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Front Aging Neurosci. 2018 May 24;10:156. doi: 10.3389/fnagi.2018.00156. eCollection 2018.

Detection of Microbial 16S rRNA Gene in the Blood of Patients With Parkinson's Disease.

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Department of Neurology & Collaborative Innovation Center for Brain Science, Ruijin Hospital, Shanghai Jiao Tong University School of Medicine, Shanghai, China.
Department of Bioinformatics, Realbio Genomics Institute, Shanghai, China.


Emerging evidence suggests that the microbiota present in feces plays a role in Parkinson's disease (PD). However, the alterations of the microbiome in the blood of PD patients remain unknown. To test this hypothesis, we conducted this case-control study to explore the microbiota compositions in the blood of Chinese PD patients. Microbiota communities in the blood of 45 patients and their healthy spouses were investigated using high-throughput Illumina HiSeq sequencing targeting the V3-V4 region of 16S ribosomal RNA (rRNA) gene. The relationships between the microbiota in the blood and PD clinical characteristics were analyzed. No difference was detected in the structure and richness between PD patients and healthy controls. The following genera were enriched in the blood of PD patients: Isoptericola, Cloacibacterium, Enhydrobacter and Microbacterium; whereas genus Limnobacter was enriched in the healthy controls after adjusting for age, gender, body mass index (BMI) and constipation. Additionally, the findings regarding these genera were validated in another independent group of 58 PD patients and 57 healthy controls using real-time PCR targeting genus-specific 16S rRNA genes. Furthermore, not only the genera Cloacibacterium and Isoptericola (which were identified as enriched in PD patients) but also the genera Paludibacter and Saccharofermentans were positively associated with disease duration. Some specific genera in the blood were related to mood disorders. We believe this is the first report to provide direct evidence to support the hypothesis that the identified microbiota in the blood are associated with PD. Additionally, some microbiota in the blood are closely associated with the clinical characteristics of PD. Elucidating these differences in blood microbiomes will provide a foundation to improve our understanding of the role of microbiota in the pathogenesis of PD.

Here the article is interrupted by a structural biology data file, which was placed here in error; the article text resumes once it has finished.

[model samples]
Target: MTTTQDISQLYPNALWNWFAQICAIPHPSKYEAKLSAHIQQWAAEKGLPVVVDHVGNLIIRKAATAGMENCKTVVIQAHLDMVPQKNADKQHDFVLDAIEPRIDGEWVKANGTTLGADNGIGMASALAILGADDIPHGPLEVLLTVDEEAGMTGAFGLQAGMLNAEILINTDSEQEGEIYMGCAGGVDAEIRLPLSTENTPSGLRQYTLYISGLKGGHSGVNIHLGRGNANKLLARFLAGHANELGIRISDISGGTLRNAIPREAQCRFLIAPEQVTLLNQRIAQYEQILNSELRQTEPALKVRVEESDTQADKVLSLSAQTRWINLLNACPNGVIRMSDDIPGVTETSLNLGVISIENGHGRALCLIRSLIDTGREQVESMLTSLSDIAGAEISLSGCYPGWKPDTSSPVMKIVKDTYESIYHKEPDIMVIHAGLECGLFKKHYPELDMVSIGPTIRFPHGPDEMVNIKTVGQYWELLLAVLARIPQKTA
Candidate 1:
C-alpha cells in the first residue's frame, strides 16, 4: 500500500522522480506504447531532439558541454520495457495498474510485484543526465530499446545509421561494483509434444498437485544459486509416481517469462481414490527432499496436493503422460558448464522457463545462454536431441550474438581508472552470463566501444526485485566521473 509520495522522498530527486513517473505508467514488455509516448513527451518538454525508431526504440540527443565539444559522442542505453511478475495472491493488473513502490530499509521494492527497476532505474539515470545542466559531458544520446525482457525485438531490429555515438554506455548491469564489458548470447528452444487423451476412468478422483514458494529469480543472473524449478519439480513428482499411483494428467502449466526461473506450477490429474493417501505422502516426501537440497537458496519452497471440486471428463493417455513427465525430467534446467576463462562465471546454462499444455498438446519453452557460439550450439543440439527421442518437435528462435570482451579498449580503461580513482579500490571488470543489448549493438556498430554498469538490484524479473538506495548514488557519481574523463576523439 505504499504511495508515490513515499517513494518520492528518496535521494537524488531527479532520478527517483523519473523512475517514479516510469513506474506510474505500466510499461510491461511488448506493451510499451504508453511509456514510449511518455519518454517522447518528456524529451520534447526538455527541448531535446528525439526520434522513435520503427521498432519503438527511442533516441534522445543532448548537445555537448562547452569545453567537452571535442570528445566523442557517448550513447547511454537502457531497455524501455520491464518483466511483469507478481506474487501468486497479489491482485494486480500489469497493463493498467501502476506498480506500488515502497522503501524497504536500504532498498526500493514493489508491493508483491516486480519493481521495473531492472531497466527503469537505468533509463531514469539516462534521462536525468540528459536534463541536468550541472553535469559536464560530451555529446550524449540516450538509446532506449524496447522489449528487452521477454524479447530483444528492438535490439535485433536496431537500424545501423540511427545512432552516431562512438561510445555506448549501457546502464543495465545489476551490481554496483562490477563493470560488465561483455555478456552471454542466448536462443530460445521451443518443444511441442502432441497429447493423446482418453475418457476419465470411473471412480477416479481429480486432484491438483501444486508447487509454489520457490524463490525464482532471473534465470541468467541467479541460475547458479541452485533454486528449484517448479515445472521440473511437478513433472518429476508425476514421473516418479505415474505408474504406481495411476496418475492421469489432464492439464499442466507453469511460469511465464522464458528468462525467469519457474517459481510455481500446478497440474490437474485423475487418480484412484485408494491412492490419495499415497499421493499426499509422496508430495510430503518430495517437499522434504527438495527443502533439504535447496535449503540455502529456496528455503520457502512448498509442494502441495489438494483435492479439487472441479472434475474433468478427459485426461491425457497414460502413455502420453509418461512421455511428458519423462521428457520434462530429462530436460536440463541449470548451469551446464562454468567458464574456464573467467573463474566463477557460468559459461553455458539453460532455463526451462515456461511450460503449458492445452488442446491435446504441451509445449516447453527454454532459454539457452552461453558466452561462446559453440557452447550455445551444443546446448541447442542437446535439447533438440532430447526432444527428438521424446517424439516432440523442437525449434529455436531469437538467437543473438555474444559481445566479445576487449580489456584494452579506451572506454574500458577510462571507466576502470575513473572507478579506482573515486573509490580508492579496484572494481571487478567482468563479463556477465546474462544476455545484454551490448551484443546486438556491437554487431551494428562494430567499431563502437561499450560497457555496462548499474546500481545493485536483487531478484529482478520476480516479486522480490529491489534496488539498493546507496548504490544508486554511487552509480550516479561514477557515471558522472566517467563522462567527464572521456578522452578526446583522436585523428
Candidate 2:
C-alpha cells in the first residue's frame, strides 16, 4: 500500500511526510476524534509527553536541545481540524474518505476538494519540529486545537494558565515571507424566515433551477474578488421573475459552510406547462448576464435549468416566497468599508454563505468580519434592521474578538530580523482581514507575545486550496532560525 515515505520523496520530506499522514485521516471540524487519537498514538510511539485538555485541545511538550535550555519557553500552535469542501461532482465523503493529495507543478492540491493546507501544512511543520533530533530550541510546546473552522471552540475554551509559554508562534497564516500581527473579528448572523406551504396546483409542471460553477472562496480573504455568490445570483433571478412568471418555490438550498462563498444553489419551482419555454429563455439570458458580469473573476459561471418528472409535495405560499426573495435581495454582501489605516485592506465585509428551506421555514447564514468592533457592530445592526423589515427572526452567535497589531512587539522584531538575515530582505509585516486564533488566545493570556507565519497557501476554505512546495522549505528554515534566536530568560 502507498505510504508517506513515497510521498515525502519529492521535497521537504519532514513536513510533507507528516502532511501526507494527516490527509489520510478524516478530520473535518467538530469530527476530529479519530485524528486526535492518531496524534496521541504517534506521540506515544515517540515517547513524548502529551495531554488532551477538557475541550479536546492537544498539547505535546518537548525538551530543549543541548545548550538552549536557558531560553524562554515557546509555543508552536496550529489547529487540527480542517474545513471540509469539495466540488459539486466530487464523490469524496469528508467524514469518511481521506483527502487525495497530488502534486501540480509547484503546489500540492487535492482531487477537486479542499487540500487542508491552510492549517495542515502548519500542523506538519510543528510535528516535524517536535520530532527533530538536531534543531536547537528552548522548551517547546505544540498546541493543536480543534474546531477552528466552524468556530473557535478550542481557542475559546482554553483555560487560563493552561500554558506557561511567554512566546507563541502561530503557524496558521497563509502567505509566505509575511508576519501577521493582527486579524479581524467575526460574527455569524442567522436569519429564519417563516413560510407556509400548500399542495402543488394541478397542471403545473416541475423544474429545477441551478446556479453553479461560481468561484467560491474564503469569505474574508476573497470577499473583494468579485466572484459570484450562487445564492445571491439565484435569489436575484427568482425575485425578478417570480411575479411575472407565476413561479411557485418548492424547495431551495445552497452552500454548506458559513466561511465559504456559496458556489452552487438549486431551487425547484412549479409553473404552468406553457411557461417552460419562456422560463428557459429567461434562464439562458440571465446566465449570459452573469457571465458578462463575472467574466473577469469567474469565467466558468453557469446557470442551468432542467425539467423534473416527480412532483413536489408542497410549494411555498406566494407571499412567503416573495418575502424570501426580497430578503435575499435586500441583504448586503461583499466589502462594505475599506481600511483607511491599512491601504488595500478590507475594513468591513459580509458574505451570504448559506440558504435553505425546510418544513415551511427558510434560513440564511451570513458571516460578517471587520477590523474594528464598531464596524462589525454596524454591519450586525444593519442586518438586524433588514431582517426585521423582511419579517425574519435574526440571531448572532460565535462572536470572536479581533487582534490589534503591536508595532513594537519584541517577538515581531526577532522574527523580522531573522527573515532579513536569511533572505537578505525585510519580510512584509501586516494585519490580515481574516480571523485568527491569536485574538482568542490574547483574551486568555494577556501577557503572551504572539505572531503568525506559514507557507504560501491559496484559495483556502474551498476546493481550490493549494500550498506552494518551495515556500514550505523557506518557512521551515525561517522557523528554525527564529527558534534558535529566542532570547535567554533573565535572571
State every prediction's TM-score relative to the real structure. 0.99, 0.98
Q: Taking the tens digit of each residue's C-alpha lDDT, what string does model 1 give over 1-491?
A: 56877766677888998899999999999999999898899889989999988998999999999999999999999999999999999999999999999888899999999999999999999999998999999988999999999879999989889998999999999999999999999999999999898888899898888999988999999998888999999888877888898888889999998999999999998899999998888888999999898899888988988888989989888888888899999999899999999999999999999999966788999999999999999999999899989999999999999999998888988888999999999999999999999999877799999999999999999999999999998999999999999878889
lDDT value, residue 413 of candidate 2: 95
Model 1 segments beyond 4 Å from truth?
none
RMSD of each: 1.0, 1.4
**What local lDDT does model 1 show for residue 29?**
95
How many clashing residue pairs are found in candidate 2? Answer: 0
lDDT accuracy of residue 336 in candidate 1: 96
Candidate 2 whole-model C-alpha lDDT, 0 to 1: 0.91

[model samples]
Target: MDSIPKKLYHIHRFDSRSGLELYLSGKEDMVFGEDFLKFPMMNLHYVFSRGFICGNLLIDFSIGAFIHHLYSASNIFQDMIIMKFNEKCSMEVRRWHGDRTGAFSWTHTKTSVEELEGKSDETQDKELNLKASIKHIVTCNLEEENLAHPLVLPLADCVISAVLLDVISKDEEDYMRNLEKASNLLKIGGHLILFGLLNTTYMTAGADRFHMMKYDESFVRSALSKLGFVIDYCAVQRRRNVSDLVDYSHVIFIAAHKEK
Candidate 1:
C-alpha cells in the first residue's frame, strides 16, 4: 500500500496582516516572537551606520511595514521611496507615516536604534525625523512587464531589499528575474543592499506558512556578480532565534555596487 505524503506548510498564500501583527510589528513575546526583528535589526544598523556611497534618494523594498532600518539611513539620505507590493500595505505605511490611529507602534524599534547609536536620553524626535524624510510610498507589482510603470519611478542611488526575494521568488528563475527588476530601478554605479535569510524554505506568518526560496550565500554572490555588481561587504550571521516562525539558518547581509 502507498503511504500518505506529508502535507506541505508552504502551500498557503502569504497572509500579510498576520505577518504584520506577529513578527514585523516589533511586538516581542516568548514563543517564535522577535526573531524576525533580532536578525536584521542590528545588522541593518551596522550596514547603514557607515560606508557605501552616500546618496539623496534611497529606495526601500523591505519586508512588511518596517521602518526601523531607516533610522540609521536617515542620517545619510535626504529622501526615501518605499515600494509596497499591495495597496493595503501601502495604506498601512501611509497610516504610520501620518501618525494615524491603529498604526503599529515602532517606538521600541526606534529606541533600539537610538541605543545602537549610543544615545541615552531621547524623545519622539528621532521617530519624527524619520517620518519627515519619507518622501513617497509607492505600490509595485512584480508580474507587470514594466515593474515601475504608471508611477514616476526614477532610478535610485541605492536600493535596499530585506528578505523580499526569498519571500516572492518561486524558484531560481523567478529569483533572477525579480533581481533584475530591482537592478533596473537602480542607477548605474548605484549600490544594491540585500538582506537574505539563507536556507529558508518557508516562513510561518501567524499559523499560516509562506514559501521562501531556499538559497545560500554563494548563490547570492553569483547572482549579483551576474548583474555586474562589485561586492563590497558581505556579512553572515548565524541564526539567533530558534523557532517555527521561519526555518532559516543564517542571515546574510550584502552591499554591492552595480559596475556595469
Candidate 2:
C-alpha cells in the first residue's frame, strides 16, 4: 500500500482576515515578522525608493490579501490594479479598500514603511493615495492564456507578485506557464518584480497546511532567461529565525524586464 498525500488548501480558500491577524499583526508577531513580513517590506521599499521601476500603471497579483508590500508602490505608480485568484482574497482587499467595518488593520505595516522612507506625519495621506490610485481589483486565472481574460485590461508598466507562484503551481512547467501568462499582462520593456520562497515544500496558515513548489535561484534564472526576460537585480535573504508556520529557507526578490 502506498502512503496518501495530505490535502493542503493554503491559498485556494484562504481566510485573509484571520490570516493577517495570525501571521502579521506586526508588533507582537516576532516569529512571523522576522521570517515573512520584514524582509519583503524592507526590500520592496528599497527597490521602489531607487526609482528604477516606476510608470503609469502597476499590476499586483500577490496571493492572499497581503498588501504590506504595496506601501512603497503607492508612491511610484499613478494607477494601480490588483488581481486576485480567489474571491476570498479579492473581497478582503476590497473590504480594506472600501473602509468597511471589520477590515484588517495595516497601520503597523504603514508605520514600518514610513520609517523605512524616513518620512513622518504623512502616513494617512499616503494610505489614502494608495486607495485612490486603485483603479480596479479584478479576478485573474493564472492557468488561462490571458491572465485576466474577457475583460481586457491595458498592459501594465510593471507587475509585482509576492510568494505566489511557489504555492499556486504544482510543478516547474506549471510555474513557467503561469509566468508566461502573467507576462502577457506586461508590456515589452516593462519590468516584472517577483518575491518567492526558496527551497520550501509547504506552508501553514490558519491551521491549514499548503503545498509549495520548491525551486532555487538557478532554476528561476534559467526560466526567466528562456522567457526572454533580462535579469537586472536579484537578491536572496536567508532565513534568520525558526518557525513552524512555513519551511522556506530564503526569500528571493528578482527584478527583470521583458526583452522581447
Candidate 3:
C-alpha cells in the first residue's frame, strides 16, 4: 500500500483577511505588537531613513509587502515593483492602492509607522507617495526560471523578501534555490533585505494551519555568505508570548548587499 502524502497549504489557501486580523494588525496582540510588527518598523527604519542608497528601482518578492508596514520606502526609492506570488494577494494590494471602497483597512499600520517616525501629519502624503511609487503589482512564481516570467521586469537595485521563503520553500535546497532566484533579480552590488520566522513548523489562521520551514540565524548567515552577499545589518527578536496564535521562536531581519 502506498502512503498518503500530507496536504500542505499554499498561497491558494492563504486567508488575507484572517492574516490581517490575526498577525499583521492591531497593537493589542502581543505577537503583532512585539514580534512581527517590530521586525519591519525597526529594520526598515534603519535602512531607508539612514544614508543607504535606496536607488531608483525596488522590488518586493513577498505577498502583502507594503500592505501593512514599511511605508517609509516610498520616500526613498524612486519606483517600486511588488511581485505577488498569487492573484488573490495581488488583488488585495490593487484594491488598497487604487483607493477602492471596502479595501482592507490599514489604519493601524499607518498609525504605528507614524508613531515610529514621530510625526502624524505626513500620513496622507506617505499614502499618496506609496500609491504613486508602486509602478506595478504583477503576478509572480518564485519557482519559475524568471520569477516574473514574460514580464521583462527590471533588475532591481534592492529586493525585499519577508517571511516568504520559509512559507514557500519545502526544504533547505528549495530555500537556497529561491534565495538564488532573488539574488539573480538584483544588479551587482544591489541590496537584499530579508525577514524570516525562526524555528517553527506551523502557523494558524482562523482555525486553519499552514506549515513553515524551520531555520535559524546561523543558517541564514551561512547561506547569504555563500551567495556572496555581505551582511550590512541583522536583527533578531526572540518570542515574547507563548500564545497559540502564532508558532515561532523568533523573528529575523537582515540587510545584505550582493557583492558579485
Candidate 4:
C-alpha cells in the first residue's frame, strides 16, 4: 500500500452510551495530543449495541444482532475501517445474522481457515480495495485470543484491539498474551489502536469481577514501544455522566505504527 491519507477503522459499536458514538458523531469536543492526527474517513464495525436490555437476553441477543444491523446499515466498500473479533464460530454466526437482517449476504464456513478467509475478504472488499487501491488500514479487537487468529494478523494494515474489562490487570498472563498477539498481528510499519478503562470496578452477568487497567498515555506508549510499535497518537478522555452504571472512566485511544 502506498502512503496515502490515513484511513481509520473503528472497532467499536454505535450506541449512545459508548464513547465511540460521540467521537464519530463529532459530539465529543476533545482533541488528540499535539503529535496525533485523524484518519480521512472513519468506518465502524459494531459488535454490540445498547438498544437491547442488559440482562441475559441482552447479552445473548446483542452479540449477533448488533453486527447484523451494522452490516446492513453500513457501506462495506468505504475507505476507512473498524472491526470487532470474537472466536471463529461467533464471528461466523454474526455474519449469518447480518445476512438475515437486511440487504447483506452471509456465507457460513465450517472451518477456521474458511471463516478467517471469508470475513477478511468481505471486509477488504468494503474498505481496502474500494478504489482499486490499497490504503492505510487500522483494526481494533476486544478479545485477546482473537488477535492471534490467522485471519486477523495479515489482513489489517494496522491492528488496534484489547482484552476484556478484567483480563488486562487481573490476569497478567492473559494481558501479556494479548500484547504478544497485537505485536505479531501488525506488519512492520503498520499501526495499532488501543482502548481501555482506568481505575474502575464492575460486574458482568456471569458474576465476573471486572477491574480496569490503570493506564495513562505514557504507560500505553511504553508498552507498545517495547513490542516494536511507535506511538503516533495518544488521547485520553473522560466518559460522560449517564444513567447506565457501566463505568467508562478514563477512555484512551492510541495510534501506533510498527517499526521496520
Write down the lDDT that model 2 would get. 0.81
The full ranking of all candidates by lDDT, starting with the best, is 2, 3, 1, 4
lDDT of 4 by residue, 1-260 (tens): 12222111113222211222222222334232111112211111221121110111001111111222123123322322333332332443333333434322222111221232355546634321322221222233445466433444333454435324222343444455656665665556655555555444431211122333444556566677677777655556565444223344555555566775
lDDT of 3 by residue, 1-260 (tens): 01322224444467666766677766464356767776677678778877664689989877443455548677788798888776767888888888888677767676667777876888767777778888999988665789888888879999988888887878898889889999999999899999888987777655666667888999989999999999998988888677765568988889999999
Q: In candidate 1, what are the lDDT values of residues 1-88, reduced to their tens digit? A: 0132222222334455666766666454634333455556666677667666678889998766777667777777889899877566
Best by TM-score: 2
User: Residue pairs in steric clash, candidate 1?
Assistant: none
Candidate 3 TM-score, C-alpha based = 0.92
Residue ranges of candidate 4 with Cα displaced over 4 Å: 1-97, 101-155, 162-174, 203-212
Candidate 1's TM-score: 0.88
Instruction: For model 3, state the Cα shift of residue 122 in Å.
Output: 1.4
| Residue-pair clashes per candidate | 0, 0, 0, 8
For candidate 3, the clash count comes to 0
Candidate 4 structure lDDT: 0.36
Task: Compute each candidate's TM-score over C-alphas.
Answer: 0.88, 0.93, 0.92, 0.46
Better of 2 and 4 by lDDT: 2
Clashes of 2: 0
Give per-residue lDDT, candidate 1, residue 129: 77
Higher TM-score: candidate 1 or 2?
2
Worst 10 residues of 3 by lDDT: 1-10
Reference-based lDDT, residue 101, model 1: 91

16S rRNA gene; blood; inflammation; microbiota; neurodegeneration disease

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